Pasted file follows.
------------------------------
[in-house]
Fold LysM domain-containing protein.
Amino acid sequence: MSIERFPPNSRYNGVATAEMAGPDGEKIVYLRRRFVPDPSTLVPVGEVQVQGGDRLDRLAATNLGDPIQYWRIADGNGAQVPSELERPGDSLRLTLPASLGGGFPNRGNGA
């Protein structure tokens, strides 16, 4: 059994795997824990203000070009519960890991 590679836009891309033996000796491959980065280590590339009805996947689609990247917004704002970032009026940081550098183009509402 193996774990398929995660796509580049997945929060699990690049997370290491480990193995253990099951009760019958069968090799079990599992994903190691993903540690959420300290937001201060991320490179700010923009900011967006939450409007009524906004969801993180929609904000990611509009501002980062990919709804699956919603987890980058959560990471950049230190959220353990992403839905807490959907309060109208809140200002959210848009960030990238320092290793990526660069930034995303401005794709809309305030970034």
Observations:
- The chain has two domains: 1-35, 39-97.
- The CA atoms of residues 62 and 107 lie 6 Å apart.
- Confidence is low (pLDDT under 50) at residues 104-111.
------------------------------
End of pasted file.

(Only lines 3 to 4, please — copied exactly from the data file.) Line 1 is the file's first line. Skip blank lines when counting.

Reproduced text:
Amino acid sequence: MSIERFPPNSRYNGVATAEMAGPDGEKIVYLRRRFVPDPSTLVPVGEVQVQGGDRLDRLAATNLGDPIQYWRIADGNGAQVPSELERPGDSLRLTLPASLGGGFPNRGNGA
């Protein structure tokens, strides 16, 4: 059994795997824990203000070009519960890991 590679836009891309033996000796491959980065280590590339009805996947689609990247917004704002970032009026940081550098183009509402 193996774990398929995660796509580049997945929060699990690049997370290491480990193995253990099951009760019958069968090799079990599992994903190691993903540690959420300290937001201060991320490179700010923009900011967006939450409007009524906004969801993180929609904000990611509009501002980062990919709804699956919603987890980058959560990471950049230190959220353990992403839905807490959907309060109208809140200002959210848009960030990238320092290793990526660069930034995303401005794709809309305030970034």